It’s important to note that the folks XMOS don’t make products themselves. What they do is to provide the chips and algorithms that allow their customers to create devices and systems that could change the world. For example, I can easily imagine an intelligence agency placing an Alexa-like microphone array in a room, where this array is powered by a xCORE device running Setem algorithms. Assuming a video camera is also installed in the room, a remote operator could use a mouse to click on one or more people in the room and hear only what the selected people are saying to each other.

    I’m a firm believer that the combination of mixed reality (MR) headsets and artificial intelligence (AI) are going to dramatically change the ways in which we interact with the world, our systems, and each other (see also What the FAQ are VR, MR, AR, DR, AV, and HR? and What the FAQ are AI, ANNs, ML, DL, and DNNs?). I can easily imagine having XMOS technology integrated into one’s MR headset, with the AI determining with whom you ate talking, fading down other voices and extraneous sounds, and leaving you to enjoy a crystal-clear conversation in the nosiest of environments. Sad to relate, I can also easily envisage people using this technology to eavesdrop on the conversations of others.

    But let us “accentuate the positive and eliminate the negative,” as espoused by the popular song Ac-Cent-Tchu-Ate the Positive from 1944 (the music was written by Harold Arlen; the lyrics by Johnny Mercer). On the one hand, I’m tremendously impressed by the capabilities of my Alexa with its 7-microphone array, and I can only imagine how much better things would be if this little scamp was equipped with XMOS technology.

    On the other hand, I can’t help but feel that flaunting seven microphones is a little on the extravagant side. I personally manage to get by surprisingly well with only two ears, so why can’t our voice-enabled assistants do likewise?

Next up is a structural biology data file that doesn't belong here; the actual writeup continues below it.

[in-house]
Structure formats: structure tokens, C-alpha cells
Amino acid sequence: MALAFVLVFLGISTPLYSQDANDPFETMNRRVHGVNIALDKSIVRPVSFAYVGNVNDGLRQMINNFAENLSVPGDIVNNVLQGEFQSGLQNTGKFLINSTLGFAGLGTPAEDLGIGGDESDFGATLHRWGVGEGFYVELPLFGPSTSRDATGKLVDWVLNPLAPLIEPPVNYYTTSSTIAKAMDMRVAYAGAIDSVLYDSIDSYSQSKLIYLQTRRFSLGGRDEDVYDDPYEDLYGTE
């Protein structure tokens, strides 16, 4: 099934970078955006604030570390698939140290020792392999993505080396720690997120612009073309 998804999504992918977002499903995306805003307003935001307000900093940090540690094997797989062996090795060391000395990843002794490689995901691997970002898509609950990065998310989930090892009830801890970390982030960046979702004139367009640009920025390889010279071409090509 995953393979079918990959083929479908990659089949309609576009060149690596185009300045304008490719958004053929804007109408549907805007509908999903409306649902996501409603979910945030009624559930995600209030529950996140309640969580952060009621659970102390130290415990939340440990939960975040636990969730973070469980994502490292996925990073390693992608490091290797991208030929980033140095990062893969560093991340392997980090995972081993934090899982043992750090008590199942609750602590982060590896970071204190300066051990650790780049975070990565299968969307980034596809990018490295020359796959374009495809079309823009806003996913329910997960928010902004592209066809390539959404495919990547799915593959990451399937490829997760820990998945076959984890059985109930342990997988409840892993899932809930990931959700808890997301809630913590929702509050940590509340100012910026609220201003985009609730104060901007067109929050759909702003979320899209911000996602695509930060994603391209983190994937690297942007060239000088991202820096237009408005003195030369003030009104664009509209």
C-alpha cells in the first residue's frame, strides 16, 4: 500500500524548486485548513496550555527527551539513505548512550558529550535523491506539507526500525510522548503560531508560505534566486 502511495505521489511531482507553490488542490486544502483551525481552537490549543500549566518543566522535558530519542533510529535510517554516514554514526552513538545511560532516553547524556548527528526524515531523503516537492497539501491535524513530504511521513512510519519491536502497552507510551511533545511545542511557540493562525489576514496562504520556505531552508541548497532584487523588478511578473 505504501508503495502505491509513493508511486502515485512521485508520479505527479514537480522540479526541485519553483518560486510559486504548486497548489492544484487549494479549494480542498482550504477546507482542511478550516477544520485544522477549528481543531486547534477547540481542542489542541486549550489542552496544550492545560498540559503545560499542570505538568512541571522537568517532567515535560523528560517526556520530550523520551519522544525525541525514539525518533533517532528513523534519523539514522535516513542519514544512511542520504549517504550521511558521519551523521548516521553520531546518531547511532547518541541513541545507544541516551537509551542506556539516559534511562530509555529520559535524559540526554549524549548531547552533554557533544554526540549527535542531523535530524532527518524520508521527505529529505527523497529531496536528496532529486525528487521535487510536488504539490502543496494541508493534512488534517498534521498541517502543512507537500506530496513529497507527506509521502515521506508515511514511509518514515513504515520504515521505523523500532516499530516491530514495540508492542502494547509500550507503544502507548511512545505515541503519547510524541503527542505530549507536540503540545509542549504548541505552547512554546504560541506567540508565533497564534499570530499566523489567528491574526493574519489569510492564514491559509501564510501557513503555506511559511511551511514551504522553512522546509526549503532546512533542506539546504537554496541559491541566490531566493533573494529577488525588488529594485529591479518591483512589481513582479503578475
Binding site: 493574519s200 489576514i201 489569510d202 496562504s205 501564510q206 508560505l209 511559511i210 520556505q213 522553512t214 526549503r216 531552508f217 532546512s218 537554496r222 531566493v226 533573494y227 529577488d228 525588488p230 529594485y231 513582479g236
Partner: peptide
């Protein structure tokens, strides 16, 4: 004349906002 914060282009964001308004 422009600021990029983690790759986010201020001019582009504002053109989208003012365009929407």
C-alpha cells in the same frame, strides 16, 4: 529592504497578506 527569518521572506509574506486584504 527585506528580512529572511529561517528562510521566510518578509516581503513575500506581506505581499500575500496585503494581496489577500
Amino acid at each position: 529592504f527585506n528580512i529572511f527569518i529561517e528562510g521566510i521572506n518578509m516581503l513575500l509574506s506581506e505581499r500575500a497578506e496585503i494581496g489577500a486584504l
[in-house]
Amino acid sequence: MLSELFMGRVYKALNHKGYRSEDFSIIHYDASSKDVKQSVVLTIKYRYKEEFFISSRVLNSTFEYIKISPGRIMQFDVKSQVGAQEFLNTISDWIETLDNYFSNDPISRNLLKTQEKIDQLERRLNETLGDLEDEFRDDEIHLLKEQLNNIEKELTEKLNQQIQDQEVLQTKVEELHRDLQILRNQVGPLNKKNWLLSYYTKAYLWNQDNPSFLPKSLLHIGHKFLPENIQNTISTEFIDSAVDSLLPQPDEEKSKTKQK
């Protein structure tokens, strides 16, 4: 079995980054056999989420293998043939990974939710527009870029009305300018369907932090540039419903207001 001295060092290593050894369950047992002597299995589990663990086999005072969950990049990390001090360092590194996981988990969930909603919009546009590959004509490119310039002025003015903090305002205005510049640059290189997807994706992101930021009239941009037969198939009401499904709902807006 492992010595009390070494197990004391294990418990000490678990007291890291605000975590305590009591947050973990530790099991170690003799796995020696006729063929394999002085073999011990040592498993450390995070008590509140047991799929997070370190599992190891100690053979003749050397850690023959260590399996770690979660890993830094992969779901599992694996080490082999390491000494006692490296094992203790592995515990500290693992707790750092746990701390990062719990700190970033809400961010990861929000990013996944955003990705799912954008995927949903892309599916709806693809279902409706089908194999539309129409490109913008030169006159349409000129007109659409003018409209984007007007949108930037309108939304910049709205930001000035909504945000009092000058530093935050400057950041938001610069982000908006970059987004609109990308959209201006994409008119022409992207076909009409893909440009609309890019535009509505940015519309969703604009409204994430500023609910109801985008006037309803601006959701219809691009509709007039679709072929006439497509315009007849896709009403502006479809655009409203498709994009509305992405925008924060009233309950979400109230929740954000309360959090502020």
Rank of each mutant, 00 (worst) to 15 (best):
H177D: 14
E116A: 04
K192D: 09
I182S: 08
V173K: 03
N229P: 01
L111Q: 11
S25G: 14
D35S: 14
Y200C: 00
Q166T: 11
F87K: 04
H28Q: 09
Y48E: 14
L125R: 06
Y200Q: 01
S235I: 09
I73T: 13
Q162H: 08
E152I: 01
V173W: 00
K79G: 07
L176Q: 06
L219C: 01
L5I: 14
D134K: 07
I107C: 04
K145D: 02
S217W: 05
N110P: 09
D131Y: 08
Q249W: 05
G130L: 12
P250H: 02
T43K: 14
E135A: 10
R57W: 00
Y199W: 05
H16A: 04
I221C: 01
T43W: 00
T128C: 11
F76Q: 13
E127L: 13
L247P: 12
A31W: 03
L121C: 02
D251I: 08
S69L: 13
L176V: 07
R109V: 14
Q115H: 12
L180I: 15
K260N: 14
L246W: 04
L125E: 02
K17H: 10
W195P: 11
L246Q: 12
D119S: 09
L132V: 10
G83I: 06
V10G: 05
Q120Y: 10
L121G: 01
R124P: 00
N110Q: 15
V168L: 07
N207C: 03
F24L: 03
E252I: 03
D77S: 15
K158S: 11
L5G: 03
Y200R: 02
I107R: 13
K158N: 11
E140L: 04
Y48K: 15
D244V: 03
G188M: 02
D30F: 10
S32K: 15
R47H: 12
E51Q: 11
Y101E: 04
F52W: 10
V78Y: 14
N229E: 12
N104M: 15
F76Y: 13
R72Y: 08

Perhaps they will be able to do so in the not-so-distant future. In the summer of 2019, the folks at XMOS introduced their next-generation XVF3510 voice processor that can pluck an individual voice out of a crowded audio landscape using just two microphones.


    XVF3510-based VocalFusion development kit for Amazon AVS (Source: XMOS)

    Your first reaction may be that this looks like a lot of “stuff,” but remember that this is a development kit; the XVF3510 is the small chip in the center of the larger board on the right. The small thin board at the extreme right carries a 2-microphone array. The big board assembly at the left is a Raspberry Pi and HAT. When it was launched, the XVF3510 cost only $0.99 a chip for orders over 1 million units a year (prices started at $1.39 for smaller quantities), but that was six months ago, which is a lifetime in terms of electronic products these days.

    I find myself with mixed emotions. I’m excited by a future in which I can stroll around making things happen by simply talking, but I’m also a tad apprehensive at the thought of every device listening to what I say ,with the possibility of careless utterances coming back to haunt me down the road. How about you? Are you thrilled or trepidatious as to what the future of a speech-enabled world holds?

    About Author

    About Author

    Clive "Max" Maxfield received his BSc in Control Engineering in 1980 from Sheffield Hallam University, England and began his career as a designer of central processing units (CPUs) for mainframe computers. Over the years, Max has designed everything from silicon chips to circuit boards and from brainwave amplifiers to steampunk Prognostication Engines (don't ask). He has also been at the forefront of Electronic Design Automation (EDA) for more than 30 years.

    Well-known throughout the embedded, electronics, semiconductor, and EDA industries, Max has presented papers at numerous technical conferences around the world, including North and South America, Europe, India, China, Korea, and Taiwan. He has given keynote presentations at the PCB West conference in the USA and the FPGA Forum in Norway. He's also been invited to give guest lectures at several universities in the US and at Oslo University in Norway. In 2001, Max "shared the stage" at a conference in Hawaii with former Speaker of the House, "Newt" Gingrich.

    Max is the author of a number of books, including Designus Maximus Unleashed (banned in Alabama), Bebop to the Boolean Boogie (An Unconventional Guide to Electronics), EDA: Where Electronics Begins, FPGAs: Instant Access, and How Computers Do Math.